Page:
Right to be forgotten refused
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If your right to be forgotten application was refused by Google, don’t be disheartened. You now have at least two options to choose from before moving forward.
The first one is to make an application to the Information Commissioner's Office (ICO) to appeal Google’s decision to refuse your right to be forgotten application, and the second is to issue Google with a s10 letter under the Data Protection Act (DPA), which in turn will trigger a legal process which could very possibly end up in court.
Reporting a Concern to the ICO against Google refusal to comply with a right to be forgotten request
To appeal Google refusal to the ICO, you will need to file what the ICO calls a “concern”. You should however treat the report of a concern to the ICO against Google's right to be forgotten refusal as an appeal and we advise that you prepare it to the highest possible standards.
The document often run to 30 pages and more and for best outcomes, we advise that it should be accompanied by an organised list exhibits and witness statements where appropriate.
A successful appeal to the ICO against Google’s rejection of your right to be forgotten application
A successful appeal to the ICO against Google’s rejection of your right to be forgotten application will result in the ICO recommending Google to delist the offending search results from its search engines.
However, this might not be the end of the matter because even after the ICO tells Google to delist search results, Google may still ask the ICO for a Review of its decision.
Google’s request for a Review
Surprisingly though, the ICO will not automatically notify you of Google’s request for a Review and you shall not expect the ICO to send you a copy of Google’s request for a Review either. It is therefore important that you remain active throughout the process because the ICO might conduct a final review of your case, which could often result in reversing its own original decision in your favour, without you even knowing about it.
What you really want is to be informed every step of the way, but this sadly don’t happen far too often. We have seen cases where the ICO made a final Review resulting in reversing its own decision, simply after it received representations from Google and without giving the complainant an opportunity to respond to Google's representations. If this happens, you could find yourself having to either convince the ICO to carry out yet another “final Review” or more likely, having to take the matter to court.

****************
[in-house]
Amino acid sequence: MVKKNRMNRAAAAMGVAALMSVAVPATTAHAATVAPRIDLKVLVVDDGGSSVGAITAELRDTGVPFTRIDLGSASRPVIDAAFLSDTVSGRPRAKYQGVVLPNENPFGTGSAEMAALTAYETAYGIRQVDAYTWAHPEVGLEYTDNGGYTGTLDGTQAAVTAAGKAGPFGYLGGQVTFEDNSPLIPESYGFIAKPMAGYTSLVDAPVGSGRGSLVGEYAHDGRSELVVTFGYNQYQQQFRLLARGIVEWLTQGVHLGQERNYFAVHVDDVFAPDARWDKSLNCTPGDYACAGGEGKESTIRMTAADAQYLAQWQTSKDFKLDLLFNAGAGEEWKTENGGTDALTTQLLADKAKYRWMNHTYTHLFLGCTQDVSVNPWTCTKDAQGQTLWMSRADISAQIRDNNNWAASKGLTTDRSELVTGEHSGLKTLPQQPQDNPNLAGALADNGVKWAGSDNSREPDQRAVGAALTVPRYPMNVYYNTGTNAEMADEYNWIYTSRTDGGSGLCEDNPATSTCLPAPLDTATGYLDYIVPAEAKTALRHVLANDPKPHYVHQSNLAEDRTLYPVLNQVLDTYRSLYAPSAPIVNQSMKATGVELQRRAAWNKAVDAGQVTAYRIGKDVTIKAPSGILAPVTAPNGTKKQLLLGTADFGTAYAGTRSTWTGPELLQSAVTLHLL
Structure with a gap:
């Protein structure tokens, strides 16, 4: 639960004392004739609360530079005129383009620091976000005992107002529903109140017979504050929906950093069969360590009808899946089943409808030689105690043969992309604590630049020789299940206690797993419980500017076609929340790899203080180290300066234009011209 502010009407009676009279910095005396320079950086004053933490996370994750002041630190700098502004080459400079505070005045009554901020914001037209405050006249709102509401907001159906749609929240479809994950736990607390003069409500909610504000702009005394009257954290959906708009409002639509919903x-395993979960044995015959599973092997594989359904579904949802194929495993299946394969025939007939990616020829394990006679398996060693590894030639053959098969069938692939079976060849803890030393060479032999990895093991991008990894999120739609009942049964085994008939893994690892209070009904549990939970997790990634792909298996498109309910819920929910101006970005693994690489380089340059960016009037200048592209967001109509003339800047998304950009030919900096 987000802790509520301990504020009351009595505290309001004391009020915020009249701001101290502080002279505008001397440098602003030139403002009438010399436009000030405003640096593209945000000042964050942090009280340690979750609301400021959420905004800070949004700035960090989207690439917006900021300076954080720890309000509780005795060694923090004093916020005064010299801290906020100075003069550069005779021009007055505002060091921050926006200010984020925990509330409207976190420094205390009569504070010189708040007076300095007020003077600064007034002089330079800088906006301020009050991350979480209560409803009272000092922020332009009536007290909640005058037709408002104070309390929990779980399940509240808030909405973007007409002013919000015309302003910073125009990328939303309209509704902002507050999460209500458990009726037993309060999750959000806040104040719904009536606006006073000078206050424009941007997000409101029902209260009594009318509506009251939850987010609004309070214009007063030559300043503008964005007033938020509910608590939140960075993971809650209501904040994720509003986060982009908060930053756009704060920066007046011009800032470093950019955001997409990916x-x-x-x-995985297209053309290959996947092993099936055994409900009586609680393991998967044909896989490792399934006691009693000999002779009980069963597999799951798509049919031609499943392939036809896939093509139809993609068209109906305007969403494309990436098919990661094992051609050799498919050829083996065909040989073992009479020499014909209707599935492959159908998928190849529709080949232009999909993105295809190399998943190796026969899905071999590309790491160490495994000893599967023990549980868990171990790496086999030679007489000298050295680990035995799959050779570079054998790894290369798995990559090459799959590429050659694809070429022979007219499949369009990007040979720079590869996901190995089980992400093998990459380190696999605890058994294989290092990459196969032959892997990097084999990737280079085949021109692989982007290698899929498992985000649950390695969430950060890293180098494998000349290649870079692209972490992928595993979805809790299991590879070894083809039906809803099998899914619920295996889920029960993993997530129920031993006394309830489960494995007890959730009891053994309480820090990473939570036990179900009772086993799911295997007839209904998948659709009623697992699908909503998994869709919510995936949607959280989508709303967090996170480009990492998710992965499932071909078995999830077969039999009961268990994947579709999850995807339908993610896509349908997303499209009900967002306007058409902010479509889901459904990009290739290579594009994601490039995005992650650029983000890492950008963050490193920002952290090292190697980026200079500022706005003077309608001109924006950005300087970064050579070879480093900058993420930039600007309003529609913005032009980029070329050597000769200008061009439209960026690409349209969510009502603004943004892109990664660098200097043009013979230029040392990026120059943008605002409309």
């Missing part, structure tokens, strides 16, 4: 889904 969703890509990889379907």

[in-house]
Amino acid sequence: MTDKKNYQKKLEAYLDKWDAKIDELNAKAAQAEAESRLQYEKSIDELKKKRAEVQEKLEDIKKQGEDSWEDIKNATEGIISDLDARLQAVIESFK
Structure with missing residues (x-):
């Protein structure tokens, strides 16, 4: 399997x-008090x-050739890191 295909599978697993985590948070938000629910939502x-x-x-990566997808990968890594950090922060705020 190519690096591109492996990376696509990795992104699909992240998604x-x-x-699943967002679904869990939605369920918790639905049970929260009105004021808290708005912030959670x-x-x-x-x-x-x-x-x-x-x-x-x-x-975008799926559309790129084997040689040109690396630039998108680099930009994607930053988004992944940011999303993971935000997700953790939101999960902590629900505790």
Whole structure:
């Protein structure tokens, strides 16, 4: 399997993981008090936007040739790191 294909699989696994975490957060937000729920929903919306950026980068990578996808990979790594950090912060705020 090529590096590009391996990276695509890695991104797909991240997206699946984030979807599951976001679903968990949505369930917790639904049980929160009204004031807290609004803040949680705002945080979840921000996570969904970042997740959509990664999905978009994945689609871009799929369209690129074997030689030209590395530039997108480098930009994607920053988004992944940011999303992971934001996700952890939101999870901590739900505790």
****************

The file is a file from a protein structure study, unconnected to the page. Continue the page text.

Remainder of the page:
Taking Google to Court under the Data Protection Act (DPA)
You can take Google or the ICO to court, which is certainly going to be both risky and expensive, so clearly you would want to avoid this situation happening in the first place. We recommend that you discuss Google refusal of your right to be forgotten application with an experience lawyer.
Thankfully, we have wealth of experience in this field and our lawyers are happy to assist and answer any questions you might have.
What advice should you seek
We recommend that you seek legal advice before you complete a right to be forgotten application. Speak to a specialist lawyer who should know what works and how to fill out Google right to be forgotten applications in a way that will result in the highest possible likelihood of success.
In the event that your right to be forgotten application to Google is unsuccessful, discuss your strategy with a lawyer. Which option is the best one for you? Should you escalate matters with Google by issuing a s10 Notice or should you take the ICO route? Each case is different and there would be life long implications following the decision you will be making. So you do need to do whatever you can to get this decision right.
Why speak to Cohen Davis
We are the first internet lawyers in the UK. We have been handling removal of information requests from the internet for nearly 20 years. We have laweyrs in our team who are also website coders which means they understand how the internet works like no other lawyers in the country.
We have so far handled dozens of removal applications on behalf of entrepreneurs, lawyers, accountants, premier league footballers, politicians, movie stars, authors, Olympic medallists, teachers and head teachers and many others. Our success rate in obtaining positive outcomes for our clients following ICO appeals against Google refusal of right to be forgotten applications is above 90%.
Calll us free now on 0800 612 7211 or send us an email to Helpline(at)CohenDavis.co.uk. We will take care of everything else.